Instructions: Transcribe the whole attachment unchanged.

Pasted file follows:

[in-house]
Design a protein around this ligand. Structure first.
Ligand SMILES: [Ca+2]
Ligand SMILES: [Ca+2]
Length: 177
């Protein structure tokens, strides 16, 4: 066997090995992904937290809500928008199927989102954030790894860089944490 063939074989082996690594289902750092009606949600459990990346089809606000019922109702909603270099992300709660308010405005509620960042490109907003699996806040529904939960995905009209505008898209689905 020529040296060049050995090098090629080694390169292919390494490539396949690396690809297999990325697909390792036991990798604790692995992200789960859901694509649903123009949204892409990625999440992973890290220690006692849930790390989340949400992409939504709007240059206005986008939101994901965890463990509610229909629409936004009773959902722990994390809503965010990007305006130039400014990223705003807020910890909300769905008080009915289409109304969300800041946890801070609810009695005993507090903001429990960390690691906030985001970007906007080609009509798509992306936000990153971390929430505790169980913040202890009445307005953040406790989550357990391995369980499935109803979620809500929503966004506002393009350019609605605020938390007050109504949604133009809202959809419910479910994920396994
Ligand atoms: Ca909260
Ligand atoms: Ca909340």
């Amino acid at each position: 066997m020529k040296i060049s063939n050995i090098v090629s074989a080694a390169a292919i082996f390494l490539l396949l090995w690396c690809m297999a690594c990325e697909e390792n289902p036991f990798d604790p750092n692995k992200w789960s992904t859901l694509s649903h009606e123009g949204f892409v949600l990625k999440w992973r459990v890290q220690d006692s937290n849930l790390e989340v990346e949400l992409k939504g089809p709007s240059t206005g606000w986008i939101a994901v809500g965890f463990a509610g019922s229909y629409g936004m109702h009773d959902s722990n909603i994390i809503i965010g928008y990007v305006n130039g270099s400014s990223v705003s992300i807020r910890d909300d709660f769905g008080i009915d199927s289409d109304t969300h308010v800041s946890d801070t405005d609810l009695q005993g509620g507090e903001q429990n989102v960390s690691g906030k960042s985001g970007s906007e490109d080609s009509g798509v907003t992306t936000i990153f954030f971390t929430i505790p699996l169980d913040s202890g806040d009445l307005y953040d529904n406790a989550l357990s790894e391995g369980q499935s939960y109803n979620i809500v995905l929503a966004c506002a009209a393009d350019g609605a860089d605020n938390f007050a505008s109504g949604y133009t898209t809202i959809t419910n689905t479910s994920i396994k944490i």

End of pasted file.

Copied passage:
[in-house]
Design a protein around this ligand. Structure first.
Ligand SMILES: [Ca+2]
Ligand SMILES: [Ca+2]
Length: 177
């Protein structure tokens, strides 16, 4: 066997090995992904937290809500928008199927989102954030790894860089944490 063939074989082996690594289902750092009606949600459990990346089809606000019922109702909603270099992300709660308010405005509620960042490109907003699996806040529904939960995905009209505008898209689905 020529040296060049050995090098090629080694390169292919390494490539396949690396690809297999990325697909390792036991990798604790692995992200789960859901694509649903123009949204892409990625999440992973890290220690006692849930790390989340949400992409939504709007240059206005986008939101994901965890463990509610229909629409936004009773959902722990994390809503965010990007305006130039400014990223705003807020910890909300769905008080009915289409109304969300800041946890801070609810009695005993507090903001429990960390690691906030985001970007906007080609009509798509992306936000990153971390929430505790169980913040202890009445307005953040406790989550357990391995369980499935109803979620809500929503966004506002393009350019609605605020938390007050109504949604133009809202959809419910479910994920396994
Ligand atoms: Ca909260
Ligand atoms: Ca909340």
């Amino acid at each position: 066997m020529k040296i060049s063939n050995i090098v090629s074989a080694a390169a292919i082996f390494l490539l396949l090995w690396c690809m297999a690594c990325e697909e390792n289902p036991f990798d604790p750092n692995k992200w789960s992904t859901l694509s649903h009606e123009g949204f892409v949600l990625k999440w992973r459990v890290q220690d006692s937290n849930l790390e989340v990346e949400l992409k939504g089809p709007s240059t206005g606000w986008i939101a994901v809500g965890f463990a509610g019922s229909y629409g936004m109702h009773d959902s722990n909603i994390i809503i965010g928008y990007v305006n130039g270099s400014s990223v705003s992300i807020r910890d909300d709660f769905g008080i009915d199927s289409d109304t969300h308010v800041s946890d801070t405005d609810l009695q005993g509620g507090e903001q429990n989102v960390s690691g906030k960042s985001g970007s906007e490109d080609s009509g798509v907003t992306t936000i990153f954030f971390t929430i505790p699996l169980d913040s202890g806040d009445l307005y953040d529904n406790a989550l357990s790894e391995g369980q499935s939960y109803n979620i809500v995905l929503a966004c506002a009209a393009d350019g609605a860089d605020n938390f007050a505008s109504g949604y133009t898209t809202i959809t419910n689905t479910s994920i396994k944490i």